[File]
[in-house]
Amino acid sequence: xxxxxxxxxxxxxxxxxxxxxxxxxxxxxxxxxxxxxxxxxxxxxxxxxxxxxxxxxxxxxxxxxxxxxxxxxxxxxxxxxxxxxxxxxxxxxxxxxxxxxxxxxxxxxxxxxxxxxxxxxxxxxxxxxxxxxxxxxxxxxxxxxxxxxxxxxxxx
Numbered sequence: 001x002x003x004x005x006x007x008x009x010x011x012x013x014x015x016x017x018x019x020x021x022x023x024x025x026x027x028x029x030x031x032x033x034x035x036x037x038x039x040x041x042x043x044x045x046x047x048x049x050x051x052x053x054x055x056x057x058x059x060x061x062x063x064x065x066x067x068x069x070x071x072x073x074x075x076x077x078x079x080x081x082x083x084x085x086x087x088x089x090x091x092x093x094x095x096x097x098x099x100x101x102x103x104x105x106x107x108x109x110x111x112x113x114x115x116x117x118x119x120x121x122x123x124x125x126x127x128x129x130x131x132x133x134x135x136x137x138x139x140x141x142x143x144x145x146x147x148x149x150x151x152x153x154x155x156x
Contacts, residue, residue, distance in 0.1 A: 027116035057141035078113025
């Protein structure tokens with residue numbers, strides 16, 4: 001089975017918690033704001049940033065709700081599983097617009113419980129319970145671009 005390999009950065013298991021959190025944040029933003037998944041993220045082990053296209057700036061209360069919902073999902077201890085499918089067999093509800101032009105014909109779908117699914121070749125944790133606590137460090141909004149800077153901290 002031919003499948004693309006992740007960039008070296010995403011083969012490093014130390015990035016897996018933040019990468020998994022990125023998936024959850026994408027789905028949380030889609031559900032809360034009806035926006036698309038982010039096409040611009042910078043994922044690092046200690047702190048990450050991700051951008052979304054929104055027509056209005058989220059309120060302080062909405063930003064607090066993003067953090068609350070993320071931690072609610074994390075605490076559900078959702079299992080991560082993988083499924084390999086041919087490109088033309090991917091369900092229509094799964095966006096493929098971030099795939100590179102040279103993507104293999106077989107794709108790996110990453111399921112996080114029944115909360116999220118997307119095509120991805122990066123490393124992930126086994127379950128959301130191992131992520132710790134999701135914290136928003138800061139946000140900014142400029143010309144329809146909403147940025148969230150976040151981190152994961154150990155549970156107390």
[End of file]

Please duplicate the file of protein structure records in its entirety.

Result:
[in-house]
Amino acid sequence: xxxxxxxxxxxxxxxxxxxxxxxxxxxxxxxxxxxxxxxxxxxxxxxxxxxxxxxxxxxxxxxxxxxxxxxxxxxxxxxxxxxxxxxxxxxxxxxxxxxxxxxxxxxxxxxxxxxxxxxxxxxxxxxxxxxxxxxxxxxxxxxxxxxxxxxxxxxx
Numbered sequence: 001x002x003x004x005x006x007x008x009x010x011x012x013x014x015x016x017x018x019x020x021x022x023x024x025x026x027x028x029x030x031x032x033x034x035x036x037x038x039x040x041x042x043x044x045x046x047x048x049x050x051x052x053x054x055x056x057x058x059x060x061x062x063x064x065x066x067x068x069x070x071x072x073x074x075x076x077x078x079x080x081x082x083x084x085x086x087x088x089x090x091x092x093x094x095x096x097x098x099x100x101x102x103x104x105x106x107x108x109x110x111x112x113x114x115x116x117x118x119x120x121x122x123x124x125x126x127x128x129x130x131x132x133x134x135x136x137x138x139x140x141x142x143x144x145x146x147x148x149x150x151x152x153x154x155x156x
Contacts, residue, residue, distance in 0.1 A: 027116035057141035078113025
């Protein structure tokens with residue numbers, strides 16, 4: 001089975017918690033704001049940033065709700081599983097617009113419980129319970145671009 005390999009950065013298991021959190025944040029933003037998944041993220045082990053296209057700036061209360069919902073999902077201890085499918089067999093509800101032009105014909109779908117699914121070749125944790133606590137460090141909004149800077153901290 002031919003499948004693309006992740007960039008070296010995403011083969012490093014130390015990035016897996018933040019990468020998994022990125023998936024959850026994408027789905028949380030889609031559900032809360034009806035926006036698309038982010039096409040611009042910078043994922044690092046200690047702190048990450050991700051951008052979304054929104055027509056209005058989220059309120060302080062909405063930003064607090066993003067953090068609350070993320071931690072609610074994390075605490076559900078959702079299992080991560082993988083499924084390999086041919087490109088033309090991917091369900092229509094799964095966006096493929098971030099795939100590179102040279103993507104293999106077989107794709108790996110990453111399921112996080114029944115909360116999220118997307119095509120991805122990066123490393124992930126086994127379950128959301130191992131992520132710790134999701135914290136928003138800061139946000140900014142400029143010309144329809146909403147940025148969230150976040151981190152994961154150990155549970156107390």